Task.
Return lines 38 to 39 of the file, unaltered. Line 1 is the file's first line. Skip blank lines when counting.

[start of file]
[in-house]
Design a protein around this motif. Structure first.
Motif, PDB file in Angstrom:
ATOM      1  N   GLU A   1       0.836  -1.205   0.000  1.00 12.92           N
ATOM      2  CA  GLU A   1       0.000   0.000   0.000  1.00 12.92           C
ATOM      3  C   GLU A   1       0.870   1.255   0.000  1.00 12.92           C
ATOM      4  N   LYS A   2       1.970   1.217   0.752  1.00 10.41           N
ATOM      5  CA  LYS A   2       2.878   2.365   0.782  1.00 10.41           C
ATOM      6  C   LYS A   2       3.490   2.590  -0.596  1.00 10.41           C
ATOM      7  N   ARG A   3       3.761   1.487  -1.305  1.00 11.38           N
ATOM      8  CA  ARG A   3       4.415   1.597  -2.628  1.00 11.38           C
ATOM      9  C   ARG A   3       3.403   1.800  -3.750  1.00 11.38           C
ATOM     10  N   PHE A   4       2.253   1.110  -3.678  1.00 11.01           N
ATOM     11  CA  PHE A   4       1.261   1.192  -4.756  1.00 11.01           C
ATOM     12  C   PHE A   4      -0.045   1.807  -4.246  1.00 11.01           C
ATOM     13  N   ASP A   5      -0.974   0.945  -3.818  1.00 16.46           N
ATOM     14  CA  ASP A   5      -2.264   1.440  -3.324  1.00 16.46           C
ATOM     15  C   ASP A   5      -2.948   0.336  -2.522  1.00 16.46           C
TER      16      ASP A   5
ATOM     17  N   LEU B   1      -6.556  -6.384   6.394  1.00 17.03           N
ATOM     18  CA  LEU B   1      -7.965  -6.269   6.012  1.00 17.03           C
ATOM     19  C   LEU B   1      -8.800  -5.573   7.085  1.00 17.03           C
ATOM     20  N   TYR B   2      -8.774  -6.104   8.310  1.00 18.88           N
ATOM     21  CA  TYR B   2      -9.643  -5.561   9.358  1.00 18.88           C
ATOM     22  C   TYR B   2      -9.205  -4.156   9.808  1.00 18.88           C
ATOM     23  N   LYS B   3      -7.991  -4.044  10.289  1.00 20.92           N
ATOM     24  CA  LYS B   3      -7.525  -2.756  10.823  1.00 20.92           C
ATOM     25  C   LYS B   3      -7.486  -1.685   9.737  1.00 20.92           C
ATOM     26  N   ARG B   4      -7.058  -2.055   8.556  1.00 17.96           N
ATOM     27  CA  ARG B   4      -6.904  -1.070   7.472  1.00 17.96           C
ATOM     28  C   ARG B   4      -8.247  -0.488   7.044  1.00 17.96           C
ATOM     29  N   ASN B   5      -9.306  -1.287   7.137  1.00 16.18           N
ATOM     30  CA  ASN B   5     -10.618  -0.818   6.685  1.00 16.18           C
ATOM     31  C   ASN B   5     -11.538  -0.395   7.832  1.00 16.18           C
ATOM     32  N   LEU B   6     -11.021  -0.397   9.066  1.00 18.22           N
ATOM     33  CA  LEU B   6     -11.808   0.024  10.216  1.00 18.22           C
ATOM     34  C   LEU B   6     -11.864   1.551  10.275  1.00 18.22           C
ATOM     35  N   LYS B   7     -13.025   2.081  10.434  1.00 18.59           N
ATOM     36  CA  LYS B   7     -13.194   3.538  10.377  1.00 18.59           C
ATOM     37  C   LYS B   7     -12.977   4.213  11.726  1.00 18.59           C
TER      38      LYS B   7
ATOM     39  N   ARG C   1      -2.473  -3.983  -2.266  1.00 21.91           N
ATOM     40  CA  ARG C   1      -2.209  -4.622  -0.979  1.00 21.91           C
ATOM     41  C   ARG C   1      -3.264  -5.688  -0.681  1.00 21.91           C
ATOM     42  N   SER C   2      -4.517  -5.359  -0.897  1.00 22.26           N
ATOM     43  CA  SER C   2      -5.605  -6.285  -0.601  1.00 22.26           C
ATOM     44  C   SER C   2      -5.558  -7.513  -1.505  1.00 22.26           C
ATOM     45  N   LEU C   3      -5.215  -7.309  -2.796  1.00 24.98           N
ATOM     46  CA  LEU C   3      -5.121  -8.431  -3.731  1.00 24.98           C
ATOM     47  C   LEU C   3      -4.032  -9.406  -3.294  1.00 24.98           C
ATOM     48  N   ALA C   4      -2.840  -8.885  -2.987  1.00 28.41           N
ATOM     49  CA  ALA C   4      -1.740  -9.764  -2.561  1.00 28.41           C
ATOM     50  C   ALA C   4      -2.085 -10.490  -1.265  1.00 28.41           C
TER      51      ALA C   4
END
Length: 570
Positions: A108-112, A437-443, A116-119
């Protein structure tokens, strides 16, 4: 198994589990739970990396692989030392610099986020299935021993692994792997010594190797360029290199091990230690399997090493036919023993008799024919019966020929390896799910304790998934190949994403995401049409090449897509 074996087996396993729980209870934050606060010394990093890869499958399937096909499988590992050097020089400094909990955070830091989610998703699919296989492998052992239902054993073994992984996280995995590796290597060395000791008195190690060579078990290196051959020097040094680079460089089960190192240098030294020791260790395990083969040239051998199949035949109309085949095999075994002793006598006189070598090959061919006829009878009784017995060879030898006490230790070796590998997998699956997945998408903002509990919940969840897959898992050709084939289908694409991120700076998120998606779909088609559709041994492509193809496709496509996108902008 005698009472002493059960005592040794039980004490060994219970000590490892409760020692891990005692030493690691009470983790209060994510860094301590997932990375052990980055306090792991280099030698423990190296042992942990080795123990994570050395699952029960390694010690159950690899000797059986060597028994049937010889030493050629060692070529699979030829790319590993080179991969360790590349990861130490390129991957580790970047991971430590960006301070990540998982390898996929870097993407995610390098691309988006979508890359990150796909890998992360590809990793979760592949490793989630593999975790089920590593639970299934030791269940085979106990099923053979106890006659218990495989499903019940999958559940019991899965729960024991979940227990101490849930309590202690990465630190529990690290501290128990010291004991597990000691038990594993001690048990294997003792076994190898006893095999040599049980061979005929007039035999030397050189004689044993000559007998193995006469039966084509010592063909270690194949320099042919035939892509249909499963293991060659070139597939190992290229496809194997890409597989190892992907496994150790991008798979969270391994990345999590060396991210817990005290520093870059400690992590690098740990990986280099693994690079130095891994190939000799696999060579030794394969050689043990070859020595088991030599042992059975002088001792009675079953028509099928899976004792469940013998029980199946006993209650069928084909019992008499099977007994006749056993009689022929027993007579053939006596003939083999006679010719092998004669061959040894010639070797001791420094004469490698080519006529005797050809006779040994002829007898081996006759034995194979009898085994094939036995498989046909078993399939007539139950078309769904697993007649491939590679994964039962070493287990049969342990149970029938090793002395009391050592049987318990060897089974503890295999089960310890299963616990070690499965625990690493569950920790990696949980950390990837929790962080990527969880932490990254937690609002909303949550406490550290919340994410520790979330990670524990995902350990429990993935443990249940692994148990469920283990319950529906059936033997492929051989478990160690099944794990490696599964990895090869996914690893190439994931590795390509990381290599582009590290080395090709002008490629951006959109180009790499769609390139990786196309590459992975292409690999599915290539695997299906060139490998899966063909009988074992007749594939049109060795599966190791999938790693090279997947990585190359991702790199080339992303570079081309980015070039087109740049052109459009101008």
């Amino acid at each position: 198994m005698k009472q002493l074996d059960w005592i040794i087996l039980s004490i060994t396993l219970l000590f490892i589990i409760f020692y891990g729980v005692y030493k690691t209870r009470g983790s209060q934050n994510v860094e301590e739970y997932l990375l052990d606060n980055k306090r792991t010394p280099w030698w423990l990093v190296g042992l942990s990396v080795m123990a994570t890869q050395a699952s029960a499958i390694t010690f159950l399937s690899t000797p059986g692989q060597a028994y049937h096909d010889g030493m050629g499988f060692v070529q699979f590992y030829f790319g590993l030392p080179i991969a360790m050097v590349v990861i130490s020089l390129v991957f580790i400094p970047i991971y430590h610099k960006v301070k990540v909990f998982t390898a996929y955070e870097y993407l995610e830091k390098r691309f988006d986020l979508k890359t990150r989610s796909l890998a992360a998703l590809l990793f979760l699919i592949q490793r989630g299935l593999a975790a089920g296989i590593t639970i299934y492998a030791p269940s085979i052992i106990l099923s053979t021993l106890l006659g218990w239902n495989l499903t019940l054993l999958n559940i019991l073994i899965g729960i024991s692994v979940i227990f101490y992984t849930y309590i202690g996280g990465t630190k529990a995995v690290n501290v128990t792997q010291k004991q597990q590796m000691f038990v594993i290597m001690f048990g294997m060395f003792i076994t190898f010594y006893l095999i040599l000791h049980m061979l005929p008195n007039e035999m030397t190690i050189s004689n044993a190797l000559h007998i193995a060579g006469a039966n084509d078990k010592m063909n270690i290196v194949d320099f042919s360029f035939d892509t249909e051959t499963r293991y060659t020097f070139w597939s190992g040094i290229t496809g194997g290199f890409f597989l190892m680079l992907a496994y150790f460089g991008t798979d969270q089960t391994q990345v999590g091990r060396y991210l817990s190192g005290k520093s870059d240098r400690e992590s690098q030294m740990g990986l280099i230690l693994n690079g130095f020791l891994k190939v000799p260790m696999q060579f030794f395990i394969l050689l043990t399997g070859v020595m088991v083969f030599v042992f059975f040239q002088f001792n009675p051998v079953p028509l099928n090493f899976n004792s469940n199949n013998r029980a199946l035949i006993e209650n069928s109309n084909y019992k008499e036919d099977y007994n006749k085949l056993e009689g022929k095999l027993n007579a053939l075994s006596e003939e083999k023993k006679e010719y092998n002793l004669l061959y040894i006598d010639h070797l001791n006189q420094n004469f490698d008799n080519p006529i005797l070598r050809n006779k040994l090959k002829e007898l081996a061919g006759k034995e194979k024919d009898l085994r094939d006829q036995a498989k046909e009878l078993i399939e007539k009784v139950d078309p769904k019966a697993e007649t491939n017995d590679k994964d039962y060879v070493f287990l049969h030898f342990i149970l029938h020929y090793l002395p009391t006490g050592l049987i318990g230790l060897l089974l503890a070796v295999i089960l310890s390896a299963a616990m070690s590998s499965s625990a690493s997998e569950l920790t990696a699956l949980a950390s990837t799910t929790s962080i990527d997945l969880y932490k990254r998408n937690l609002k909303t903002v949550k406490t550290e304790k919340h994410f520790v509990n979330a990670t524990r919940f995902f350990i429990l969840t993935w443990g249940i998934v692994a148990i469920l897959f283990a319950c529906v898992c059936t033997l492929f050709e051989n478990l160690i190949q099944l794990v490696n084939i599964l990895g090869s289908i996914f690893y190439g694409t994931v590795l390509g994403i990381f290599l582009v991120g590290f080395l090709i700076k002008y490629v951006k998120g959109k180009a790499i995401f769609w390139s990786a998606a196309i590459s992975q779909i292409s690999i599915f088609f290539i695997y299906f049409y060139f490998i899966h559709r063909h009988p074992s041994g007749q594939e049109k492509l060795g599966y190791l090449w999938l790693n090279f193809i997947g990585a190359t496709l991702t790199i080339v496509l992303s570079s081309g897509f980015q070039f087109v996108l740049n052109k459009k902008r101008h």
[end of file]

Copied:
ATOM     35  N   LYS B   7     -13.025   2.081  10.434  1.00 18.59           N
ATOM     36  CA  LYS B   7     -13.194   3.538  10.377  1.00 18.59           C